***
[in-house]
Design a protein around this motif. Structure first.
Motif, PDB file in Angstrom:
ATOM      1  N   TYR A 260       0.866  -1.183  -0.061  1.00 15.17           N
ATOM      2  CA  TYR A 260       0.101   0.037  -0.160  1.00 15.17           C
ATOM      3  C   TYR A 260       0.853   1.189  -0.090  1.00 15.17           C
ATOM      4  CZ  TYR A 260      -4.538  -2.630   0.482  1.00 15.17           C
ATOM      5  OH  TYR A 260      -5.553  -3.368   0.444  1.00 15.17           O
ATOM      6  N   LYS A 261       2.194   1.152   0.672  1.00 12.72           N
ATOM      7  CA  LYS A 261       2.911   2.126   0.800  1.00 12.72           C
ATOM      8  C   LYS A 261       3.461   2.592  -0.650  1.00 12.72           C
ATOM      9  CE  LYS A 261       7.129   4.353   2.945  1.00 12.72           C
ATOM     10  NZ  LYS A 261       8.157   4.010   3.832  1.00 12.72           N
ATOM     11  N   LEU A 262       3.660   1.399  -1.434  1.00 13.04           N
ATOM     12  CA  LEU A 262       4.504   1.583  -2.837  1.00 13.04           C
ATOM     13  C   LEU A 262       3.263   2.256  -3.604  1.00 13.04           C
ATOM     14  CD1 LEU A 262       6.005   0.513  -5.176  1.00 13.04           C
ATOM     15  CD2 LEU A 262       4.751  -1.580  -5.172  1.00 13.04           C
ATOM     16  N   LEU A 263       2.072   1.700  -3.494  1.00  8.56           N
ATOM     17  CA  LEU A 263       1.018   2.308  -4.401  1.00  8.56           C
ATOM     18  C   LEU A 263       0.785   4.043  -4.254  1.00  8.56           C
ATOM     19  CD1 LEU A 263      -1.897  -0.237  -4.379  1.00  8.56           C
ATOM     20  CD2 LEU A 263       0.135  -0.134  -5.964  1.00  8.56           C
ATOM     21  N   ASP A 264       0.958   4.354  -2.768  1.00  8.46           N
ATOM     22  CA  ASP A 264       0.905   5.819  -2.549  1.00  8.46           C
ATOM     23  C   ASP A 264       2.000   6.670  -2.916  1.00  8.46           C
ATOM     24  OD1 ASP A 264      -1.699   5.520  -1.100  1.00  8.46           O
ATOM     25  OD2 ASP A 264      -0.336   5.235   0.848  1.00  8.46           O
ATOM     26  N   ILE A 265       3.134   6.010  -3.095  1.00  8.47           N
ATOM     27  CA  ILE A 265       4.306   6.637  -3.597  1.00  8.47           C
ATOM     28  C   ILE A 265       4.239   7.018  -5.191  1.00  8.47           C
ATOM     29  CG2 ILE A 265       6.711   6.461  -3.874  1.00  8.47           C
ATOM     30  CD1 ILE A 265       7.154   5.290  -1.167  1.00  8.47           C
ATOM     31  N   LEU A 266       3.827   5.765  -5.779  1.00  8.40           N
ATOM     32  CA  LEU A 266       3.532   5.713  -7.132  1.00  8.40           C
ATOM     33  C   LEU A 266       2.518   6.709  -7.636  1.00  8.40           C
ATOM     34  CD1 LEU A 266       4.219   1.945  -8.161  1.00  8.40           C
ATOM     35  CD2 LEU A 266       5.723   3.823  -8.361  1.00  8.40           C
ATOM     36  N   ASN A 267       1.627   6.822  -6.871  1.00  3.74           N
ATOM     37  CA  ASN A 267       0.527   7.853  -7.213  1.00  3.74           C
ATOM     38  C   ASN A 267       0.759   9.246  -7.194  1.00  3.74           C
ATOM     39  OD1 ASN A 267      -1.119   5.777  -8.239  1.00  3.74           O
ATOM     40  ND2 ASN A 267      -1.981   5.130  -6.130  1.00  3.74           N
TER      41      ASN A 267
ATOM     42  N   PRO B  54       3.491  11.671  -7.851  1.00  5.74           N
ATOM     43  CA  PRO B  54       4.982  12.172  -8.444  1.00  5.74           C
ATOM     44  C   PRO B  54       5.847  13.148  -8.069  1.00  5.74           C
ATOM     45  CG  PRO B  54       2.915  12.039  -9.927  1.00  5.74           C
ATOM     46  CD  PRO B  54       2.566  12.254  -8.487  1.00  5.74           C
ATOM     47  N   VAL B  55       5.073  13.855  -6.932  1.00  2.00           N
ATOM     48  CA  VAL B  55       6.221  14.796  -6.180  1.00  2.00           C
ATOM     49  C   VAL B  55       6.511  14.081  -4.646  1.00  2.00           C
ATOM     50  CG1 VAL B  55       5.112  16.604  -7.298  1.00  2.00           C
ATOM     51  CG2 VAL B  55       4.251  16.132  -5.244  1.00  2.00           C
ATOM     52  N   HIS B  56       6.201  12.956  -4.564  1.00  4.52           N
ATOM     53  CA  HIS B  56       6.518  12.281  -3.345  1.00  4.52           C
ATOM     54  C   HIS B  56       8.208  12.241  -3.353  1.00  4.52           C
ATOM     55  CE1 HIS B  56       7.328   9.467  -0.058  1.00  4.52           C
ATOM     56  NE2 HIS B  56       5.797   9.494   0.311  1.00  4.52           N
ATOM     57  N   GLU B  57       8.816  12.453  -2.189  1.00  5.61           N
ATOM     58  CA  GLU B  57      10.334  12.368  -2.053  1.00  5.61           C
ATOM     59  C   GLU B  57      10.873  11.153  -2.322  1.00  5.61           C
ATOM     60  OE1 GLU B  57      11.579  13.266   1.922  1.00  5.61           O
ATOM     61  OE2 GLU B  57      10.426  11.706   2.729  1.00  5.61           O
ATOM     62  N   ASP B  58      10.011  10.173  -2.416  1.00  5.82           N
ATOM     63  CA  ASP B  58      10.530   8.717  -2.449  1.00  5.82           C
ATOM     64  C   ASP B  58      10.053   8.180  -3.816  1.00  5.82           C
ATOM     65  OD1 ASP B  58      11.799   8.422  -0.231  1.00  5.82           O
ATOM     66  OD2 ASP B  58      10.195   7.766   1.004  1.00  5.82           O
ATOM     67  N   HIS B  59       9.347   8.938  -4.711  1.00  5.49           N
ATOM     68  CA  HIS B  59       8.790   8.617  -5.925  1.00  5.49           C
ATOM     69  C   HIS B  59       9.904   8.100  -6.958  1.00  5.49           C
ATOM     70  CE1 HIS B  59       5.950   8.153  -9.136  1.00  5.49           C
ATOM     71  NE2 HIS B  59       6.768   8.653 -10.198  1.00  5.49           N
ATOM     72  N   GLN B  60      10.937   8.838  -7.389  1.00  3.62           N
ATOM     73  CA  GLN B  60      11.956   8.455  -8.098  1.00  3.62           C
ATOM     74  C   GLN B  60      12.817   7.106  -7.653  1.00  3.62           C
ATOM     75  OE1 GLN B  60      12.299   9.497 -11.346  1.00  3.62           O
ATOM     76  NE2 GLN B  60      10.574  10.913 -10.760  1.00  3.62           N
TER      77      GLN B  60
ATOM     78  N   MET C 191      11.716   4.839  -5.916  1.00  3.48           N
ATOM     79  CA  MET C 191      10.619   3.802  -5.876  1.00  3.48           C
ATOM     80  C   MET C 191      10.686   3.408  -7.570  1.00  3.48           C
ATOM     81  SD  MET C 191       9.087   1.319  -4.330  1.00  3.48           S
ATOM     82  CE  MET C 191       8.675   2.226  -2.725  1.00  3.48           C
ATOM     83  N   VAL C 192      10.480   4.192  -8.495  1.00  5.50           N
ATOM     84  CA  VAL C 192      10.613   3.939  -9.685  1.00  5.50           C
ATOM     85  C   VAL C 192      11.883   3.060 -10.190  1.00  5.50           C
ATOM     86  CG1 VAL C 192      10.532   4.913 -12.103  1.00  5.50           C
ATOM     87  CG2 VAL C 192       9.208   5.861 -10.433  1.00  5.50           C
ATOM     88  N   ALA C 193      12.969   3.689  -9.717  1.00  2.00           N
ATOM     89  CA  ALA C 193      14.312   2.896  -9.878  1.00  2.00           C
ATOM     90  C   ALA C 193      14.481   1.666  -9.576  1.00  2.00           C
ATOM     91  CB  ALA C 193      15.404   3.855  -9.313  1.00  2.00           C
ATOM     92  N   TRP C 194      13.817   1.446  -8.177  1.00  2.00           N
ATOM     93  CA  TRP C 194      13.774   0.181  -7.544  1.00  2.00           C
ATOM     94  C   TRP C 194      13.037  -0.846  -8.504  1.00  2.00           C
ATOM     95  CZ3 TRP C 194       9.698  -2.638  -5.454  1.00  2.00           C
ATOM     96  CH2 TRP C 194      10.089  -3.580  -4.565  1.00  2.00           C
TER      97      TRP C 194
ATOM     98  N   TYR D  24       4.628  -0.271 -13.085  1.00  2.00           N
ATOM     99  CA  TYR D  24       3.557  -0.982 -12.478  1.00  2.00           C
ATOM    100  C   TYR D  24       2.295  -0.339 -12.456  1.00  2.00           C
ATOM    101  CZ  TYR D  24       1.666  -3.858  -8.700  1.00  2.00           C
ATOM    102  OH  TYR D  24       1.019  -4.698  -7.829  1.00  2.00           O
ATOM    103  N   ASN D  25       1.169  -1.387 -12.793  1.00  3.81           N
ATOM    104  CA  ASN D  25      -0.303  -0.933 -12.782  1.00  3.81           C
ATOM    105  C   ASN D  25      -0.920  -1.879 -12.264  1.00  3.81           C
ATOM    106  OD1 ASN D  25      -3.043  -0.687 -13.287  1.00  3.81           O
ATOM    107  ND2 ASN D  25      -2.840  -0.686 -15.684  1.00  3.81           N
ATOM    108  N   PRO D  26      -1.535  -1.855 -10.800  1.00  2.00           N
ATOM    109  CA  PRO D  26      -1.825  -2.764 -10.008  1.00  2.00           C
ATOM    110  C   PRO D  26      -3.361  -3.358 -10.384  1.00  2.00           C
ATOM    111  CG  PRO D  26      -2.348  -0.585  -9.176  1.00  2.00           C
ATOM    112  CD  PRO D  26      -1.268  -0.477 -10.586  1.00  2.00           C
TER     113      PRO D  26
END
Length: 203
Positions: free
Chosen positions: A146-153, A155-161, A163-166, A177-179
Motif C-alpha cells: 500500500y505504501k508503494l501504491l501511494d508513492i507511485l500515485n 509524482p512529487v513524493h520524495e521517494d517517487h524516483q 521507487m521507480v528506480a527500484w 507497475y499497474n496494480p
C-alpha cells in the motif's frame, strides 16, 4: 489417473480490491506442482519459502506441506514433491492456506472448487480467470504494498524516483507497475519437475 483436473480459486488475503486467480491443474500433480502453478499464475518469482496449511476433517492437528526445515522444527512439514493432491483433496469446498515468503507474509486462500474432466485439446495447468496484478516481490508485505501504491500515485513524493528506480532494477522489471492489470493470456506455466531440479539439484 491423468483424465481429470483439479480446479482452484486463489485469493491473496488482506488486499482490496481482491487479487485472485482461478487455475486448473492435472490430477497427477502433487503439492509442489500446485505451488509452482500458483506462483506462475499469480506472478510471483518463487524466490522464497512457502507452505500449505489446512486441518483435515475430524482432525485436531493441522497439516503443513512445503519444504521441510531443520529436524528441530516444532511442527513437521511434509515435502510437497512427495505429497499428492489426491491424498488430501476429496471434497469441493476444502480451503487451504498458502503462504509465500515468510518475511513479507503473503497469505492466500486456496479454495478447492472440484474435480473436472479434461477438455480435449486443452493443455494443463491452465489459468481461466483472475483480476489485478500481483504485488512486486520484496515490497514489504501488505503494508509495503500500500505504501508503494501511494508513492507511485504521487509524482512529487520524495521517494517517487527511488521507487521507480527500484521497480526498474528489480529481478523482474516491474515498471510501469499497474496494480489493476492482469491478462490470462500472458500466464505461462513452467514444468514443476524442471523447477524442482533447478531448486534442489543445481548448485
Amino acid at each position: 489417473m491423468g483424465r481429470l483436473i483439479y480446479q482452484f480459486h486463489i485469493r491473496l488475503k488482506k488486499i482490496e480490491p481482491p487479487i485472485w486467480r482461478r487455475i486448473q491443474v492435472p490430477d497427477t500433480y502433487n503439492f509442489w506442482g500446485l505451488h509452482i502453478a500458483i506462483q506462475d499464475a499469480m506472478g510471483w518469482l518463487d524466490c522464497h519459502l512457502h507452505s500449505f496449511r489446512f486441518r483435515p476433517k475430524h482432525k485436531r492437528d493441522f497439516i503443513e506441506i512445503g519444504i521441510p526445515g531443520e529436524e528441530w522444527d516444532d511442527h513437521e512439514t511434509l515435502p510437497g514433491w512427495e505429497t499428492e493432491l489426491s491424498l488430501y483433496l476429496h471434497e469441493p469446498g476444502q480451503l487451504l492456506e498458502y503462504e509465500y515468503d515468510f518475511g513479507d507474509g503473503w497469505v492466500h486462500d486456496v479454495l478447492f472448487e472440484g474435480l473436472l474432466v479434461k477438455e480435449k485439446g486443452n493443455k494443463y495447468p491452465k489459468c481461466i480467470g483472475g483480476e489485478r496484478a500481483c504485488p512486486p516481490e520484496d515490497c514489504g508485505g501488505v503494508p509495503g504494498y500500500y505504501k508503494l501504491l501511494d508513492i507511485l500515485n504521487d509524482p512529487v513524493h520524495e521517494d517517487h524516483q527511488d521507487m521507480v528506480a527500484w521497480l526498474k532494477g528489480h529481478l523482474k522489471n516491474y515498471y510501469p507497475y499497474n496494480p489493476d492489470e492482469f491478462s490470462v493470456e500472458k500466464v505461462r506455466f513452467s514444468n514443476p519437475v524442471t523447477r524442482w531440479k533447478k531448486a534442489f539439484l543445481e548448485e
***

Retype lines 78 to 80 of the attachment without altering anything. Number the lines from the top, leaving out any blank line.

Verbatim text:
ATOM     75  OE1 GLN B  60      12.299   9.497 -11.346  1.00  3.62           O
ATOM     76  NE2 GLN B  60      10.574  10.913 -10.760  1.00  3.62           N
TER      77      GLN B  60